Mule: A Novel of Moving Weight by Tony D’Souza (pub date 9/27/11)
“And what about myself? Didn’t I hate myself too? To risk my freedom? To think I was so worthless only money could make me better?”
I’ve always found stories of “good guys gone bad” to be extremely compelling. It’s probably why “Breaking Bad” is such a popular show. In the same vein, Mule is a novel about an average man who chooses a life of crime out of desperation, and the consequences that follow.
James and Kate were successful young adults who had everything going for them, until life dealt them the triple-whammy of an unplanned pregnancy and both of them losing their jobs in the Great Recession. After several months of living in poverty in a cabin in rural California, James finds an opportunity to make some real money. A friend of Kate’s has been growing top-grade marijuana, and James offers to transport the product to Texas where another friend can sell it for a profit. It all starts out so simply, just one pound of pot. But when James meets a man in Florida who deals in bulk, James soon finds himself making regular cross-country runs with large quantities of the drug. And he soon finds that all the money he makes comes with a price: buyers who won’t pay, friends who abandon him, and drug dealers who turn on him.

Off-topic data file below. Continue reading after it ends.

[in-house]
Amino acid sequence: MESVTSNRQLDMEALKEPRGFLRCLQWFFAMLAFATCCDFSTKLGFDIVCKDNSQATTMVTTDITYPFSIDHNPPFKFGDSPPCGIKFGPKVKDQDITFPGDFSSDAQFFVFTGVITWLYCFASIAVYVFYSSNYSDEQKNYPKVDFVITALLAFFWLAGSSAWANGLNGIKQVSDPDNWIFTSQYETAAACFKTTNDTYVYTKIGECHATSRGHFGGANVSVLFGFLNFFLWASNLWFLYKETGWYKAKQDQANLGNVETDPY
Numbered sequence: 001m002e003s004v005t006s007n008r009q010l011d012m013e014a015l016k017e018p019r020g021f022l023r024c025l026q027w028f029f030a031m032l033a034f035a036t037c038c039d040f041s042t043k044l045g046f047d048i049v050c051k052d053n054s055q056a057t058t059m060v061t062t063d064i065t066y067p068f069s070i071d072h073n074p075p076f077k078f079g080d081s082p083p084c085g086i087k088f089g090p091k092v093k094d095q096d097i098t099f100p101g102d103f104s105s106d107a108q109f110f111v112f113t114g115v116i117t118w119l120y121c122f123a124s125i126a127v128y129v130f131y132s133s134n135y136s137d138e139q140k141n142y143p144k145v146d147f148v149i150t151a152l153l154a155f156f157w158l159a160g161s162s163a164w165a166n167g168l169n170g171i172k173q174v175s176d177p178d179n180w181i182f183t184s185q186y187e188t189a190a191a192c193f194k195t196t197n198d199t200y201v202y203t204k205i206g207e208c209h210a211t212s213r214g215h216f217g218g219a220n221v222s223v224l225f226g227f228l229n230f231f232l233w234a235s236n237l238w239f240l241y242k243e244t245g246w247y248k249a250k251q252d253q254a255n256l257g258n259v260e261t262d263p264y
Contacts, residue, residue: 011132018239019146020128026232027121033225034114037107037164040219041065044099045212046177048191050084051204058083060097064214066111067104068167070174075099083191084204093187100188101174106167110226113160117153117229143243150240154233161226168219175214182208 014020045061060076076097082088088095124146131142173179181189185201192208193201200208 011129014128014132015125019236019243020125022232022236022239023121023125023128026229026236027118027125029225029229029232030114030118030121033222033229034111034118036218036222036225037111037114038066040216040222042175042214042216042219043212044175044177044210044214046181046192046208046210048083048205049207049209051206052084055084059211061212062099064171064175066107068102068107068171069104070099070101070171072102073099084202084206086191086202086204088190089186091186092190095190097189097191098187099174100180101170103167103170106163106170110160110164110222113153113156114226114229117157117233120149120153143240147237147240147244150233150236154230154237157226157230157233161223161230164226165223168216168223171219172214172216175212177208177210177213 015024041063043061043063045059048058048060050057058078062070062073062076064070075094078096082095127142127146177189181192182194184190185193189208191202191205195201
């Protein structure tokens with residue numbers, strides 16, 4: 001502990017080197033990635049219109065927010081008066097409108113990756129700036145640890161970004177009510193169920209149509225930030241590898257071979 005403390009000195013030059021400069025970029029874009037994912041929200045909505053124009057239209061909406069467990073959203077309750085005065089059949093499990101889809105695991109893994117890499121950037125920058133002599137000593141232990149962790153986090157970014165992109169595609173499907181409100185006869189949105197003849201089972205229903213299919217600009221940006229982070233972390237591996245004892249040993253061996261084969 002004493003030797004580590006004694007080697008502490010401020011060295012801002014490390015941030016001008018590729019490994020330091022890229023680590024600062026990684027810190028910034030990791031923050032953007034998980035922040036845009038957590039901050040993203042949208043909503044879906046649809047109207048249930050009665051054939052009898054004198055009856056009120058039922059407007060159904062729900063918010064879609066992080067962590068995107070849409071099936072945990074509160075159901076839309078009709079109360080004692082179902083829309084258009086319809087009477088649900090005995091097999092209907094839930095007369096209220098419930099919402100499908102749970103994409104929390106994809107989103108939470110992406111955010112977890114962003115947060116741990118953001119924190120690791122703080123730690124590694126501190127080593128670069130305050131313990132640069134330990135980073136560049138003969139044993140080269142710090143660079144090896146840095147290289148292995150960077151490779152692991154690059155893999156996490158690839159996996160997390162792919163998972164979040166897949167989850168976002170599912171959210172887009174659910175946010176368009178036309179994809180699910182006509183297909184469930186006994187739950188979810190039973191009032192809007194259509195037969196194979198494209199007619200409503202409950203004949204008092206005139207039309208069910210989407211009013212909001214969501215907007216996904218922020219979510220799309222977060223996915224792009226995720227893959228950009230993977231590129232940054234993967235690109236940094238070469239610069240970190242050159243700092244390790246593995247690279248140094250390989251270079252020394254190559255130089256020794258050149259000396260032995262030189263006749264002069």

What surprised me the most about this book was the amount of information about drug smuggling and money laundering in it. Pages and pages are dedicated to describing what to say to a cop if you get pulled over with drugs in the car, how to best avoid attracting police attention, and how to hide money from the bank. As someone who worked in retail banking for two years, I can say that the information about bank practices was frighteningly accurate. It was interesting to read how James’s new profession affected his marriage to Kate, and how his character changed throughout the story. I would like to have seen Kate’s character fleshed out a little more. She struck me as unlikeable even at the beginning of the book and didn’t seem to change much later.
Still Mule is an interesting novel. It certainly reflects the time period it was written in. The plight of average Americans who lost their jobs in the recession is still a very real and relatable phenomenon. It’s a very realistic story and I think it could become popular upon its release.